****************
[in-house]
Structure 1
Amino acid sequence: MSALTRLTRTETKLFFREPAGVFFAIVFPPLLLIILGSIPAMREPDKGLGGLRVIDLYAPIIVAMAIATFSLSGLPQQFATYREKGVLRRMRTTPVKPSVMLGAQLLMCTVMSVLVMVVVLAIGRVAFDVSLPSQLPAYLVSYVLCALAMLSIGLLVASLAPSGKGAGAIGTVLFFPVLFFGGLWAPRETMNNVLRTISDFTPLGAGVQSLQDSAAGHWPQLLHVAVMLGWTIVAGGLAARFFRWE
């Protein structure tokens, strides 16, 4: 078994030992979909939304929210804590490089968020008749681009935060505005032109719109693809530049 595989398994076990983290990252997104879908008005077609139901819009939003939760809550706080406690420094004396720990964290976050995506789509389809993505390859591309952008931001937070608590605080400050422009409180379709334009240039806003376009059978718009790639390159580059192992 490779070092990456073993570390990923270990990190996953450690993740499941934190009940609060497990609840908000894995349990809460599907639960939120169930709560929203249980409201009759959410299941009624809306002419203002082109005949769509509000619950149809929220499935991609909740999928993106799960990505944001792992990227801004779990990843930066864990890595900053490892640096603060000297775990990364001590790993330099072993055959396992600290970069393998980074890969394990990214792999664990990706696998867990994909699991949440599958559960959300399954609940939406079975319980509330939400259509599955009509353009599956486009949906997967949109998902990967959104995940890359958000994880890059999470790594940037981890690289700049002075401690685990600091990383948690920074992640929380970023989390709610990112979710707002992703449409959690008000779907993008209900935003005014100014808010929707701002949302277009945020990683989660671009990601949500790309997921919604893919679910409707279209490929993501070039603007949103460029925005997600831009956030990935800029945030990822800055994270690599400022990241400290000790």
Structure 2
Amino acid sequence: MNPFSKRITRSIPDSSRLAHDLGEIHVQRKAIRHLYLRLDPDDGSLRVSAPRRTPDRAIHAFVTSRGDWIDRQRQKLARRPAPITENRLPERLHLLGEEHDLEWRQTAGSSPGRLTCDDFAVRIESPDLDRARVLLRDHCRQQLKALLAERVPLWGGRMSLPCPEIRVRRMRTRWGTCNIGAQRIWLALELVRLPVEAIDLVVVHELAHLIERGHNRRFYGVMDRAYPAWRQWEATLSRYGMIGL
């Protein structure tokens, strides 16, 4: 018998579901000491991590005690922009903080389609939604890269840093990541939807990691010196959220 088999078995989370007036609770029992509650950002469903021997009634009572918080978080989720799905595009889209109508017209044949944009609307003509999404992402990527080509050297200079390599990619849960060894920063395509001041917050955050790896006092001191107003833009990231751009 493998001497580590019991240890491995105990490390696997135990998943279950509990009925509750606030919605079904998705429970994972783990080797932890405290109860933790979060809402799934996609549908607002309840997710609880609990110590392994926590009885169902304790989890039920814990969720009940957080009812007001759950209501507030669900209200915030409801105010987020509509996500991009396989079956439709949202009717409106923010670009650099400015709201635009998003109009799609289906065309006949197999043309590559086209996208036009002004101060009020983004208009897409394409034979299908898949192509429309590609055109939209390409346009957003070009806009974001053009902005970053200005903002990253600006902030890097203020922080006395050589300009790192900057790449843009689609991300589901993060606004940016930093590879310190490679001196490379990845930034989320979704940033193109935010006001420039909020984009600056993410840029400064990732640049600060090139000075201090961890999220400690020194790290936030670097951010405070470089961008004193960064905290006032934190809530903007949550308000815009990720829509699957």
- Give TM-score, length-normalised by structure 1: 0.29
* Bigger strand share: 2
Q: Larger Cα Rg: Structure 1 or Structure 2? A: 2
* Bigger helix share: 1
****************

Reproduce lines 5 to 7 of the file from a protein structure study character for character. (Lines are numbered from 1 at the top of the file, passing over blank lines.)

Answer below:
Structure 2
Amino acid sequence: MNPFSKRITRSIPDSSRLAHDLGEIHVQRKAIRHLYLRLDPDDGSLRVSAPRRTPDRAIHAFVTSRGDWIDRQRQKLARRPAPITENRLPERLHLLGEEHDLEWRQTAGSSPGRLTCDDFAVRIESPDLDRARVLLRDHCRQQLKALLAERVPLWGGRMSLPCPEIRVRRMRTRWGTCNIGAQRIWLALELVRLPVEAIDLVVVHELAHLIERGHNRRFYGVMDRAYPAWRQWEATLSRYGMIGL
């Protein structure tokens, strides 16, 4: 018998579901000491991590005690922009903080389609939604890269840093990541939807990691010196959220 088999078995989370007036609770029992509650950002469903021997009634009572918080978080989720799905595009889209109508017209044949944009609307003509999404992402990527080509050297200079390599990619849960060894920063395509001041917050955050790896006092001191107003833009990231751009 493998001497580590019991240890491995105990490390696997135990998943279950509990009925509750606030919605079904998705429970994972783990080797932890405290109860933790979060809402799934996609549908607002309840997710609880609990110590392994926590009885169902304790989890039920814990969720009940957080009812007001759950209501507030669900209200915030409801105010987020509509996500991009396989079956439709949202009717409106923010670009650099400015709201635009998003109009799609289906065309006949197999043309590559086209996208036009002004101060009020983004208009897409394409034979299908898949192509429309590609055109939209390409346009957003070009806009974001053009902005970053200005903002990253600006902030890097203020922080006395050589300009790192900057790449843009689609991300589901993060606004940016930093590879310190490679001196490379990845930034989320979704940033193109935010006001420039909020984009600056993410840029400064990732640049600060090139000075201090961890999220400690020194790290936030670097951010405070470089961008004193960064905290006032934190809530903007949550308000815009990720829509699957």